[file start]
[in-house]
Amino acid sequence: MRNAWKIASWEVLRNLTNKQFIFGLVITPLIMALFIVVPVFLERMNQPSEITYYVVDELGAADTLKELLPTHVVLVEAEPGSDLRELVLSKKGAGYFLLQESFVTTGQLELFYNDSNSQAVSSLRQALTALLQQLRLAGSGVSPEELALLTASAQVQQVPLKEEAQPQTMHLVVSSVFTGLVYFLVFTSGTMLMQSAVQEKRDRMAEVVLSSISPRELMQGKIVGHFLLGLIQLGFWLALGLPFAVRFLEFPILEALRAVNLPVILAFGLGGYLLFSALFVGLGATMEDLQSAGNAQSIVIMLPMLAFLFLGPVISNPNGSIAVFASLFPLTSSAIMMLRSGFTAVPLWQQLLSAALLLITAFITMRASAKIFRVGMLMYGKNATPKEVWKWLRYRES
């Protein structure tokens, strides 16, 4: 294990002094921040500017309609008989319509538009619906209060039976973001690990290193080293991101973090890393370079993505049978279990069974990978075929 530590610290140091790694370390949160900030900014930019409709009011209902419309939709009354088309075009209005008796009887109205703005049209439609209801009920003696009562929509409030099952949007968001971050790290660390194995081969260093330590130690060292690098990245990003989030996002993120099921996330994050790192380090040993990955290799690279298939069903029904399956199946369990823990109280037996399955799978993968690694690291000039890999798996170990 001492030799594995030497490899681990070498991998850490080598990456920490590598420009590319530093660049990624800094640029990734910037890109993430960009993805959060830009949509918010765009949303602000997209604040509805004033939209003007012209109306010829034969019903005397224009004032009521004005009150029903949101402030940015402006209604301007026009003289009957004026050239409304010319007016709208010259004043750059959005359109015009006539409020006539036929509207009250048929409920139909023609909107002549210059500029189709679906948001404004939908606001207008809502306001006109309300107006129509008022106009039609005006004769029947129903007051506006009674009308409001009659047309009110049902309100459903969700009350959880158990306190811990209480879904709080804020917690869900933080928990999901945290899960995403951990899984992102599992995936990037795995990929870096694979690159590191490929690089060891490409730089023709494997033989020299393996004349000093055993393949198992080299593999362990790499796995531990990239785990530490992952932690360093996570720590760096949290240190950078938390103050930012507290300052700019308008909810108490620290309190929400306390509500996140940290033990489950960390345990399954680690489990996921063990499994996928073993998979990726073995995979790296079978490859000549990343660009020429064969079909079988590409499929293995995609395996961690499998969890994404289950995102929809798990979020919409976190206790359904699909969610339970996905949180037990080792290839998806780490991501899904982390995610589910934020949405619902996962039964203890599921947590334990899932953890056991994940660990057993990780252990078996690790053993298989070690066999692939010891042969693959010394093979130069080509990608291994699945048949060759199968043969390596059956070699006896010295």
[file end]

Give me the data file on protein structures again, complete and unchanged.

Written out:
[in-house]
Amino acid sequence: MRNAWKIASWEVLRNLTNKQFIFGLVITPLIMALFIVVPVFLERMNQPSEITYYVVDELGAADTLKELLPTHVVLVEAEPGSDLRELVLSKKGAGYFLLQESFVTTGQLELFYNDSNSQAVSSLRQALTALLQQLRLAGSGVSPEELALLTASAQVQQVPLKEEAQPQTMHLVVSSVFTGLVYFLVFTSGTMLMQSAVQEKRDRMAEVVLSSISPRELMQGKIVGHFLLGLIQLGFWLALGLPFAVRFLEFPILEALRAVNLPVILAFGLGGYLLFSALFVGLGATMEDLQSAGNAQSIVIMLPMLAFLFLGPVISNPNGSIAVFASLFPLTSSAIMMLRSGFTAVPLWQQLLSAALLLITAFITMRASAKIFRVGMLMYGKNATPKEVWKWLRYRES
């Protein structure tokens, strides 16, 4: 294990002094921040500017309609008989319509538009619906209060039976973001690990290193080293991101973090890393370079993505049978279990069974990978075929 530590610290140091790694370390949160900030900014930019409709009011209902419309939709009354088309075009209005008796009887109205703005049209439609209801009920003696009562929509409030099952949007968001971050790290660390194995081969260093330590130690060292690098990245990003989030996002993120099921996330994050790192380090040993990955290799690279298939069903029904399956199946369990823990109280037996399955799978993968690694690291000039890999798996170990 001492030799594995030497490899681990070498991998850490080598990456920490590598420009590319530093660049990624800094640029990734910037890109993430960009993805959060830009949509918010765009949303602000997209604040509805004033939209003007012209109306010829034969019903005397224009004032009521004005009150029903949101402030940015402006209604301007026009003289009957004026050239409304010319007016709208010259004043750059959005359109015009006539409020006539036929509207009250048929409920139909023609909107002549210059500029189709679906948001404004939908606001207008809502306001006109309300107006129509008022106009039609005006004769029947129903007051506006009674009308409001009659047309009110049902309100459903969700009350959880158990306190811990209480879904709080804020917690869900933080928990999901945290899960995403951990899984992102599992995936990037795995990929870096694979690159590191490929690089060891490409730089023709494997033989020299393996004349000093055993393949198992080299593999362990790499796995531990990239785990530490992952932690360093996570720590760096949290240190950078938390103050930012507290300052700019308008909810108490620290309190929400306390509500996140940290033990489950960390345990399954680690489990996921063990499994996928073993998979990726073995995979790296079978490859000549990343660009020429064969079909079988590409499929293995995609395996961690499998969890994404289950995102929809798990979020919409976190206790359904699909969610339970996905949180037990080792290839998806780490991501899904982390995610589910934020949405619902996962039964203890599921947590334990899932953890056991994940660990057993990780252990078996690790053993298989070690066999692939010891042969693959010394093979130069080509990608291994699945048949060759199968043969390596059956070699006896010295």